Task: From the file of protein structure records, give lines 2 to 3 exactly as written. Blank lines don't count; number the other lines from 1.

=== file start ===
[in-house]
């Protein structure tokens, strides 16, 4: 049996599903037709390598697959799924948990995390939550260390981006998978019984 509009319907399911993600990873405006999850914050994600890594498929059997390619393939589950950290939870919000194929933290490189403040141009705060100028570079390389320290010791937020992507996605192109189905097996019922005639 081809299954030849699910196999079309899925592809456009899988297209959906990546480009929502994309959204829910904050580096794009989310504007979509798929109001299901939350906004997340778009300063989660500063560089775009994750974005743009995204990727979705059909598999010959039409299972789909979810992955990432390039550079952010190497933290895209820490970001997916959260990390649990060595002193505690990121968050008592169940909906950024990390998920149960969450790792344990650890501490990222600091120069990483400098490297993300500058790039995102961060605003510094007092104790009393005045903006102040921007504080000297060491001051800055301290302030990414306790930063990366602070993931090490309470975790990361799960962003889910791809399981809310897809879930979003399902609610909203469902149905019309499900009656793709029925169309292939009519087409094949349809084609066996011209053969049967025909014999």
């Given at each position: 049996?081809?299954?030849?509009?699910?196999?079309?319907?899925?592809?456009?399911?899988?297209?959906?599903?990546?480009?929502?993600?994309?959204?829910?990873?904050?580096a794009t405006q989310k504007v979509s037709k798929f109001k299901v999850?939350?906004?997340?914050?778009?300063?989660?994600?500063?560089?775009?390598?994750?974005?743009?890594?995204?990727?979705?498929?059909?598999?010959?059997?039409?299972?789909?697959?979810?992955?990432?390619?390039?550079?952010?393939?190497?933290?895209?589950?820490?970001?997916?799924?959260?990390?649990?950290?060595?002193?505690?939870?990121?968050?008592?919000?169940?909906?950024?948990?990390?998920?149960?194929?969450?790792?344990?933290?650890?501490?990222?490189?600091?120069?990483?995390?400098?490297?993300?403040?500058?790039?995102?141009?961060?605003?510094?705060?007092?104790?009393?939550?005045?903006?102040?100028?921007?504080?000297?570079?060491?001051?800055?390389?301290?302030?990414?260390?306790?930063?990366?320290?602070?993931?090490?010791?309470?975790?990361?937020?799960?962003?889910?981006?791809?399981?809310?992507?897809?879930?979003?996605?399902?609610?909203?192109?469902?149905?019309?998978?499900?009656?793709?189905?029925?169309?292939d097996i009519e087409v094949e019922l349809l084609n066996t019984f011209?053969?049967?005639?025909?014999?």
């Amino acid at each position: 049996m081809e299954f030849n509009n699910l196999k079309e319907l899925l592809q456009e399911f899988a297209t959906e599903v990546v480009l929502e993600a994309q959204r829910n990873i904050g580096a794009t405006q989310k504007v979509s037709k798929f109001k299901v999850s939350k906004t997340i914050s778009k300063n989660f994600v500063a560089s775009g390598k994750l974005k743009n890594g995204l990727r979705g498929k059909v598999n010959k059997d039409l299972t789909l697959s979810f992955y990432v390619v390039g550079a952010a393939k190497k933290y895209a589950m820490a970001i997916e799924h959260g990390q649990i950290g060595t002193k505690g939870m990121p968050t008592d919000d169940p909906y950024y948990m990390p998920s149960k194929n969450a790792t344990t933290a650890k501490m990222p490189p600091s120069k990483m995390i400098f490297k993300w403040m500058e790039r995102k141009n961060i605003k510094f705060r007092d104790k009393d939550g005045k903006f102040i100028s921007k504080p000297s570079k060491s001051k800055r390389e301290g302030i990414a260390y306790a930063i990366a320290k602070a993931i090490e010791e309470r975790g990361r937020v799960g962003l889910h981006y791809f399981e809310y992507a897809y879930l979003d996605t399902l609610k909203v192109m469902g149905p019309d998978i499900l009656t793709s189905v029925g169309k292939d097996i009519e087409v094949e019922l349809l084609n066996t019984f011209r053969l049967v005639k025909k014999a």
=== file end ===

């Protein structure tokens, strides 16, 4: 049996599903037709390598697959799924948990995390939550260390981006998978019984 509009319907399911993600990873405006999850914050994600890594498929059997390619393939589950950290939870919000194929933290490189403040141009705060100028570079390389320290010791937020992507996605192109189905097996019922005639 081809299954030849699910196999079309899925592809456009899988297209959906990546480009929502994309959204829910904050580096794009989310504007979509798929109001299901939350906004997340778009300063989660500063560089775009994750974005743009995204990727979705059909598999010959039409299972789909979810992955990432390039550079952010190497933290895209820490970001997916959260990390649990060595002193505690990121968050008592169940909906950024990390998920149960969450790792344990650890501490990222600091120069990483400098490297993300500058790039995102961060605003510094007092104790009393005045903006102040921007504080000297060491001051800055301290302030990414306790930063990366602070993931090490309470975790990361799960962003889910791809399981809310897809879930979003399902609610909203469902149905019309499900009656793709029925169309292939009519087409094949349809084609066996011209053969049967025909014999």
């Given at each position: 049996?081809?299954?030849?509009?699910?196999?079309?319907?899925?592809?456009?399911?899988?297209?959906?599903?990546?480009?929502?993600?994309?959204?829910?990873?904050?580096a794009t405006q989310k504007v979509s037709k798929f109001k299901v999850?939350?906004?997340?914050?778009?300063?989660?994600?500063?560089?775009?390598?994750?974005?743009?890594?995204?990727?979705?498929?059909?598999?010959?059997?039409?299972?789909?697959?979810?992955?990432?390619?390039?550079?952010?393939?190497?933290?895209?589950?820490?970001?997916?799924?959260?990390?649990?950290?060595?002193?505690?939870?990121?968050?008592?919000?169940?909906?950024?948990?990390?998920?149960?194929?969450?790792?344990?933290?650890?501490?990222?490189?600091?120069?990483?995390?400098?490297?993300?403040?500058?790039?995102?141009?961060?605003?510094?705060?007092?104790?009393?939550?005045?903006?102040?100028?921007?504080?000297?570079?060491?001051?800055?390389?301290?302030?990414?260390?306790?930063?990366?320290?602070?993931?090490?010791?309470?975790?990361?937020?799960?962003?889910?981006?791809?399981?809310?992507?897809?879930?979003?996605?399902?609610?909203?192109?469902?149905?019309?998978?499900?009656?793709?189905?029925?169309?292939d097996i009519e087409v094949e019922l349809l084609n066996t019984f011209?053969?049967?005639?025909?014999?």